Following a recent U.S. preaching tour, disgraced Hillsong founder Brian Houston and his wife, Bobbie, have returned to Australia—and are apparently attempting a comeback.
On November 9, the celebrity ministry couple has planned “An Evening with Bobbie and Brian,” billed as a time of connection, fellowship, preaching from Brian Houston, and prayer. The event will be held at Pioneer Theatre in Sydney—located about three miles from Hillsong’s flagship campus in the city’s Hills District, where the Houstons founded the global megachurch in 1983.
In a Tuesday social post, Brian Houston announced that “all the tickets were gone in less than 2 hours!” and a second, earlier time has been added. Noting that the event will be live-streamed online, the event summary concludes: “Great things start with small beginnings!”
A recent Instagram post suggests one purpose of the event. “We miss the congregation at Hillsong Church enormously and hopefully we’ll have the chance to tell our story sometime soon,” Brian Houston wrote.
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In March, Brian Houston resigned as global senior pastor of Hillsong Church, after an internal church investigation found he acted inappropriately toward two women. Hillsong revealed that Houston had allegedly spent time alone in a hotel with a woman not his wife and had sent flirtatious texts to a Hillsong staffer.
Hillsong, a Pentecostal powerhouse which reportedly still draws over 150,000 people to services in about 100 locations in 38 nations, has suffered giving and attendance declines over the past year. Several U.S. churches have disaffiliated from Hillsong, including in Atlanta, Kansas City, and Phoenix where Hillsong College was formerly based.
The Hillsong global board has distanced itself from the church’s co-founders, including in April removing co-founder Bobbie Houston from any role with the church.
In September, the Houstons put their home in Sydney’s Hills District up for sale for $4.5 million to “reduce debt.” The Houstons also have reportedly sold two, long-held plush apartments in Bondi Beach—Australia’s most famous beach in recent years.
Brian Houston to answer charges in Australian court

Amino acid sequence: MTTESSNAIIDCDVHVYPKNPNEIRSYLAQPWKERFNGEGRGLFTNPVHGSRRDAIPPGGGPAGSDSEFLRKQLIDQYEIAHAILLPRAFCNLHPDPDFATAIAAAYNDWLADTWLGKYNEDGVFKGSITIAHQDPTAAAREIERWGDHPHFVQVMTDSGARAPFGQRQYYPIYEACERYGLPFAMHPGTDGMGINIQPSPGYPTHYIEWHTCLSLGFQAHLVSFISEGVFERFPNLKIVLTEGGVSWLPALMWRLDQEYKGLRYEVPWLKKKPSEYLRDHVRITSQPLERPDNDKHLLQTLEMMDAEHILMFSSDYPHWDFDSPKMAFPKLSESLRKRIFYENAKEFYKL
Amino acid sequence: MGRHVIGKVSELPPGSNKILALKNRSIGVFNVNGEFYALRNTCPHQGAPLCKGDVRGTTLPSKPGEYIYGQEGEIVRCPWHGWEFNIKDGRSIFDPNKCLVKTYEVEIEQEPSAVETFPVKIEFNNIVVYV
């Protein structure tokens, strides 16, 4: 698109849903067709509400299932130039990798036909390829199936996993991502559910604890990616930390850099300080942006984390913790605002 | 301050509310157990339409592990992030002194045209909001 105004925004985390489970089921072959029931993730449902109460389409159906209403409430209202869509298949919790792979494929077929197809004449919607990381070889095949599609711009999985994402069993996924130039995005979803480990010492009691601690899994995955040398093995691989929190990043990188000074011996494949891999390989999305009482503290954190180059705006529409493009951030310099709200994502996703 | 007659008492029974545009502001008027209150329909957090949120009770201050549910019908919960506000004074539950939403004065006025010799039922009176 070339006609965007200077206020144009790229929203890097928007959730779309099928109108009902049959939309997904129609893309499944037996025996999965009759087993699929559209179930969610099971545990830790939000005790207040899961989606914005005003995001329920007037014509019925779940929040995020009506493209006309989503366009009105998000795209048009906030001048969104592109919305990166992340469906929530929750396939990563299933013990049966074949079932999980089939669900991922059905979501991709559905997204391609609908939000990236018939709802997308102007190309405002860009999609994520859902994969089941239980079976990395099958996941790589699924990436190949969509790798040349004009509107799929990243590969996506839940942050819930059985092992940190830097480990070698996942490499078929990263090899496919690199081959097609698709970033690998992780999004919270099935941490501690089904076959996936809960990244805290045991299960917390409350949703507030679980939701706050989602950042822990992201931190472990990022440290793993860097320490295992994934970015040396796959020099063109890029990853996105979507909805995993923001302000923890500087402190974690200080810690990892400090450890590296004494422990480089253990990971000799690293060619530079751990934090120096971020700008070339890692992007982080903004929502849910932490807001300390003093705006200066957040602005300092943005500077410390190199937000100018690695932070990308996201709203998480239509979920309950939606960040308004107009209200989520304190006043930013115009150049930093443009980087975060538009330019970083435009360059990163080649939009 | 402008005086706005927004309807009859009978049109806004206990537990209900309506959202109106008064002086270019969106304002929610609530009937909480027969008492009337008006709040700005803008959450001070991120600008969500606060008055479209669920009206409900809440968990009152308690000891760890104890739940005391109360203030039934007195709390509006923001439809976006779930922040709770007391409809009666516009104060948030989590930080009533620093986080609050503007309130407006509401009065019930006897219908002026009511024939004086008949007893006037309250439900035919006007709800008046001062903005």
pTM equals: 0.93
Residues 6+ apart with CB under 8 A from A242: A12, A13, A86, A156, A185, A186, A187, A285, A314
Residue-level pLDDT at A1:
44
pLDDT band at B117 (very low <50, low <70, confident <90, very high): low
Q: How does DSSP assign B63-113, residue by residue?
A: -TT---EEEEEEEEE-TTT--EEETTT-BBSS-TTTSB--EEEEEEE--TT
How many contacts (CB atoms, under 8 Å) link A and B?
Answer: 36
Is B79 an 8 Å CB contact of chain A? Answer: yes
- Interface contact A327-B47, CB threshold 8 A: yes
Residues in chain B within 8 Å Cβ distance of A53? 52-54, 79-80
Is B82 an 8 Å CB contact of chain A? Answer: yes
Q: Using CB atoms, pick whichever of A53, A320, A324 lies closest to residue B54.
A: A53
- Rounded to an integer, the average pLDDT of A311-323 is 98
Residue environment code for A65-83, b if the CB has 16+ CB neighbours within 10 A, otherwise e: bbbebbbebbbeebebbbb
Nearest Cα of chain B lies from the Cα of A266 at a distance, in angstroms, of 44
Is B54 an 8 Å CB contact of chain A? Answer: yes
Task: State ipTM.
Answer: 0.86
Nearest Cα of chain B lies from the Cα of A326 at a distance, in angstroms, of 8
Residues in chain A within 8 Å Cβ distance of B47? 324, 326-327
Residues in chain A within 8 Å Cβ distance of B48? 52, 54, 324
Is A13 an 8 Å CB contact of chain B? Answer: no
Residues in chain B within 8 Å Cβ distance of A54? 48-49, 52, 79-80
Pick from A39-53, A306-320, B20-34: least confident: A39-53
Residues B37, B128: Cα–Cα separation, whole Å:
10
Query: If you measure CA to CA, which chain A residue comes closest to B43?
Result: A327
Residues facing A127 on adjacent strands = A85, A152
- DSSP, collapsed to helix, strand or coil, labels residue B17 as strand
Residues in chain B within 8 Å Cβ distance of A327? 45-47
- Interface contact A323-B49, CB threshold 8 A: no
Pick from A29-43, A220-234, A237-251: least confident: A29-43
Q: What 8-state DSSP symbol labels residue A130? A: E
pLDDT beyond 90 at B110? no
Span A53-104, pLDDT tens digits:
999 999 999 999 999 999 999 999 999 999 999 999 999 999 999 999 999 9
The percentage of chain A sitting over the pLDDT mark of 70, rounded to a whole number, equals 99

The Houstons’ return to Australia is also prompted by pressing legal matters. On December 2, the Downing Centre Local Court in Sydney will begin a three-week hearing concerning allegations that Brian Houston concealed child sexual abuse.
His late father, Frank Houston, faced multiple allegations that he sexually abused nine boys from 1965 to 1977 when he was a pastor and leader in the Assemblies of God denomination in Australia and New Zealand. (The allegations came to light decades later, and the elder Houston was not charged due to his “age and health” according to one account.)
In a sermon weeks ago, Brian Houston referenced the ongoing legal battle during one of his U.S. church appearances. He preached on destiny and inheritance at multi-site charismatic congregation James River Church in Springfield, Missouri.
“Some of what I inherited has been anything but a blessing,” said Houston. “I found out when I was 45 that my pastor father had been a serial pedophile in the ’60s and ’70s.”
He added: “An earthly inheritance may have some degree of blessing, or it may come with baggage that you spend your life trying to overcome.”
Houston did not mention the allegations of sexual misconduct that led to his ouster from Hillsong in the sermon but simply alluded to a recent “transition.”
“This last year, Bobbie and I have been in a transition,” he said. “39 years at (Hillsong) has come to an end. But I’ll tell you something: destiny hasn’t left our lives.”
Certain church leaders cheer Houstons’ comeback
Despite the scandals surrounding Brian Houston, some Christian leaders have expressed enthusiasm about the upcoming Sydney theater gathering.
Longtime megachurch pastor Dave Gilpin wrote, “This is a positive move forwards for the kingdom of God.” (The comment has since been deleted on the original post.)
Gilpin, who resigned from a multi-site UK church in 2020 and is currently an itinerant minister linked to iSEE Church in Brisbane, Australia, recently led a training event for Church of the Highlands (COTH) in Alabama in 2021. COTH is in the process of building a “Lodge” to restore fallen pastors.
Similarly, Debbie Lindell, co-lead pastor of James River Church in Missouri, commented: “Such wonderful news! We are praying for you and with all of Heaven we are cheering you on.”
Other responses expressed a neutral tone. One commenter from Australia stated their plans to attend and added: “Hope to have some answers from you guys.”
Editor’s note: This article has been updated to accurately state Dave Gilpin’s current affiliation and add image of a deleted comment.
Freelance journalist Josh Shepherd writes on faith, culture, and public policy for several media outlets. He and his wife live in the Washington, D.C. area with their two children.